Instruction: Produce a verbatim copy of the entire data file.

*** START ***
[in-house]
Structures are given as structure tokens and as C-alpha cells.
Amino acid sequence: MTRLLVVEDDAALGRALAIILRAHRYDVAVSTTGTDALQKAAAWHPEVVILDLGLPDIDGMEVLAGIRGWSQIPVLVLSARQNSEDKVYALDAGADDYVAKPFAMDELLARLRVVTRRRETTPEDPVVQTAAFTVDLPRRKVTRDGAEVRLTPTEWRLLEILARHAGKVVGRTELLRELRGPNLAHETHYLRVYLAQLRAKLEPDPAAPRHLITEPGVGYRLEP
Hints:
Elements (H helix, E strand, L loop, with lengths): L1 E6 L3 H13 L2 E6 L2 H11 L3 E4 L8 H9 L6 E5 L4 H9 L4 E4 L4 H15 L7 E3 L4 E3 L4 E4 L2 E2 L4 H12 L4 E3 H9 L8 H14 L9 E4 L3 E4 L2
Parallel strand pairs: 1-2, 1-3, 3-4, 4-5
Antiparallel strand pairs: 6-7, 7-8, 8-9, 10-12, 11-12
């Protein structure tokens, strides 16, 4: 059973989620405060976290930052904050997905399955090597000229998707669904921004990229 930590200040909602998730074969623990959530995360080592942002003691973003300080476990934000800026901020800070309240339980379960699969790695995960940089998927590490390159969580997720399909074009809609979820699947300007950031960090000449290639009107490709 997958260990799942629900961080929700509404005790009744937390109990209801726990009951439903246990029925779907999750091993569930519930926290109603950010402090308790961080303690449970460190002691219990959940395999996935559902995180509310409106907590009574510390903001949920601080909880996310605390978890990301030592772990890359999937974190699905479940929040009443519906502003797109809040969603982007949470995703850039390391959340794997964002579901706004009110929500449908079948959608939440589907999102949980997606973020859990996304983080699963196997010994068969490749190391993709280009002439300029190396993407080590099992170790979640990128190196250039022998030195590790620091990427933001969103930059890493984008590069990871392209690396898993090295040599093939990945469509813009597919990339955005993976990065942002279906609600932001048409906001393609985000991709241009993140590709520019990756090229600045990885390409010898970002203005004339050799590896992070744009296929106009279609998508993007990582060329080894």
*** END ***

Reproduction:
[in-house]
Structures are given as structure tokens and as C-alpha cells.
Amino acid sequence: MTRLLVVEDDAALGRALAIILRAHRYDVAVSTTGTDALQKAAAWHPEVVILDLGLPDIDGMEVLAGIRGWSQIPVLVLSARQNSEDKVYALDAGADDYVAKPFAMDELLARLRVVTRRRETTPEDPVVQTAAFTVDLPRRKVTRDGAEVRLTPTEWRLLEILARHAGKVVGRTELLRELRGPNLAHETHYLRVYLAQLRAKLEPDPAAPRHLITEPGVGYRLEP
Hints:
Elements (H helix, E strand, L loop, with lengths): L1 E6 L3 H13 L2 E6 L2 H11 L3 E4 L8 H9 L6 E5 L4 H9 L4 E4 L4 H15 L7 E3 L4 E3 L4 E4 L2 E2 L4 H12 L4 E3 H9 L8 H14 L9 E4 L3 E4 L2
Parallel strand pairs: 1-2, 1-3, 3-4, 4-5
Antiparallel strand pairs: 6-7, 7-8, 8-9, 10-12, 11-12
């Protein structure tokens, strides 16, 4: 059973989620405060976290930052904050997905399955090597000229998707669904921004990229 930590200040909602998730074969623990959530995360080592942002003691973003300080476990934000800026901020800070309240339980379960699969790695995960940089998927590490390159969580997720399909074009809609979820699947300007950031960090000449290639009107490709 997958260990799942629900961080929700509404005790009744937390109990209801726990009951439903246990029925779907999750091993569930519930926290109603950010402090308790961080303690449970460190002691219990959940395999996935559902995180509310409106907590009574510390903001949920601080909880996310605390978890990301030592772990890359999937974190699905479940929040009443519906502003797109809040969603982007949470995703850039390391959340794997964002579901706004009110929500449908079948959608939440589907999102949980997606973020859990996304983080699963196997010994068969490749190391993709280009002439300029190396993407080590099992170790979640990128190196250039022998030195590790620091990427933001969103930059890493984008590069990871392209690396898993090295040599093939990945469509813009597919990339955005993976990065942002279906609600932001048409906001393609985000991709241009993140590709520019990756090229600045990885390409010898970002203005004339050799590896992070744009296929106009279609998508993007990582060329080894």